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Intensive Control Systems (ILERT) supported jointly by the European Commission of the EU and the USA Fund for Improvement of Post-Secondary Education (FIPSE). The study explores the mechanism for involving students from multilingual, geographically separated institutions in a co-ordinated educational experience. It will expose students to the problems, methods, solution techniques, infrastructure, technologies, regulatory issues, and tools in the domain of dependable real-time safety-critical software-intensive control systems. The ultimate objective is the creation of a model RSIC curriculum, which can be used by engineering schools both in the USA and the EU. This objective addresses the nations' needs for researchers and developers of real-time safety-critical systems who may be engaged in projects spanning the nations' boundaries and promoting a student-centred, transatlantic dimension to higher education and training.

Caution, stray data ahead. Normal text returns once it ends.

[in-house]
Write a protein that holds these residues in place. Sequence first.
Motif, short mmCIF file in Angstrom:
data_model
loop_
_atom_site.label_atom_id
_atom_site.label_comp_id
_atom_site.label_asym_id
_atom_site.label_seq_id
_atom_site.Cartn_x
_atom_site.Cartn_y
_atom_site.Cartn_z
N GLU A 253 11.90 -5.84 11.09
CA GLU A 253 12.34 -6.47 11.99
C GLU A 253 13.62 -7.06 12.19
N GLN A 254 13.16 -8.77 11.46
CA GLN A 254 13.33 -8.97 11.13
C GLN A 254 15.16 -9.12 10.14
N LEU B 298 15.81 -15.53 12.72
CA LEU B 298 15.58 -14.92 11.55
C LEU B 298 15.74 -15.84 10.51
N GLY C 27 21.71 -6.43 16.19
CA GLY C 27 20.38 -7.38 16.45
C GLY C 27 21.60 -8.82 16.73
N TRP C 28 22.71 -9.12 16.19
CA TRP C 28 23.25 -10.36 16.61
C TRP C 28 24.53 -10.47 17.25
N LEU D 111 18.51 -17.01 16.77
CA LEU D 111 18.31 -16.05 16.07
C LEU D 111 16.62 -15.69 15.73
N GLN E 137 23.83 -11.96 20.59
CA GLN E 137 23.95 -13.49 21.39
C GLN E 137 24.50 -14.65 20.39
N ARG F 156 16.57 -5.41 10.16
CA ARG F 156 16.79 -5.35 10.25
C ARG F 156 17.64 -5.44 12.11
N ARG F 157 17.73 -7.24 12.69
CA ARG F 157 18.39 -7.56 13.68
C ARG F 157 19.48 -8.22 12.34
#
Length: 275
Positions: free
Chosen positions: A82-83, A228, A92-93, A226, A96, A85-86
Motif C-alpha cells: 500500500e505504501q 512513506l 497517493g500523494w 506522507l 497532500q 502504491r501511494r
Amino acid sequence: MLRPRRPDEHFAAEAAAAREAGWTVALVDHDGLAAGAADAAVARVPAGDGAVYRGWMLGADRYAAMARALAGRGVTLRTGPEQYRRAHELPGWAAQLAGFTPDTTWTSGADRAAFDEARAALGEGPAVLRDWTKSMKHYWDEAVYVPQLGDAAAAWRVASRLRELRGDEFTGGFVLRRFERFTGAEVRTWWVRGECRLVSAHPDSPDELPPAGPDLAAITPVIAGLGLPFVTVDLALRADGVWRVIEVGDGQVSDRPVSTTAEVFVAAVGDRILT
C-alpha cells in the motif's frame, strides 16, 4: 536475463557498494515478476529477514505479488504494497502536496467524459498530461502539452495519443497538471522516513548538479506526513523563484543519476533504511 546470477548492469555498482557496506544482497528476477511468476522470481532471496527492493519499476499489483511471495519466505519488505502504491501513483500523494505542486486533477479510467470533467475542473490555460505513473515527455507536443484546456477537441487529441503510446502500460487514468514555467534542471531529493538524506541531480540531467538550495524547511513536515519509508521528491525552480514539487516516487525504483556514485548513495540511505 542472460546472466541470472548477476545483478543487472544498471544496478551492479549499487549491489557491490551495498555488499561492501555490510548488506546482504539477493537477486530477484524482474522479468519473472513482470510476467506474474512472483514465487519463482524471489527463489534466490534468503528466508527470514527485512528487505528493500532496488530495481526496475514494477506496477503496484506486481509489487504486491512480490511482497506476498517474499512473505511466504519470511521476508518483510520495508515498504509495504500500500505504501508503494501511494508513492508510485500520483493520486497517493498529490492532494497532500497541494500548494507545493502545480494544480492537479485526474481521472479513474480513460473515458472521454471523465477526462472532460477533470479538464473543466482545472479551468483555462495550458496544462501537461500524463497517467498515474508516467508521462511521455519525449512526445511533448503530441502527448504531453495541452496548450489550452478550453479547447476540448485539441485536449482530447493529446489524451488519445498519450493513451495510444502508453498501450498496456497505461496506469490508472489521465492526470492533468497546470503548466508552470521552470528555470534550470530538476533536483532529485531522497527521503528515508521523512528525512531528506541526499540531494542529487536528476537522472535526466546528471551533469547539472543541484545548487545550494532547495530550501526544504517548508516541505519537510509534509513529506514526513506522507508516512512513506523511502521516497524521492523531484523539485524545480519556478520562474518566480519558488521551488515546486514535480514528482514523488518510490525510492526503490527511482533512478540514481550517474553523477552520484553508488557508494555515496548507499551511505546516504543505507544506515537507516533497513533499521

2. Global aspects of the software industry International collaboration and globalisation is a key element for the nations to come together in a peaceful way. Creation of common educational experience allows young engineers to find commonalities; it promotes teamwork and collaboration in joint projects crossing the nations' boundaries. Specifically, in the area of RSIC systems used in a regulated industry, it is critical to be familiar with the variety of regulations, standards, and guidelines required for designing, implementing and approving software-intensive systems. The proposed study creates a viable vehicle for such solutions. There is a clear need to prepare professionals for international collaboration. Understanding critical issues related to RSIC, the tools and techniques used, and documentation required for approval of systems in a regulated industry is critical for the future global projects. The ILERT project is meant to support such international collaboration and consensus building.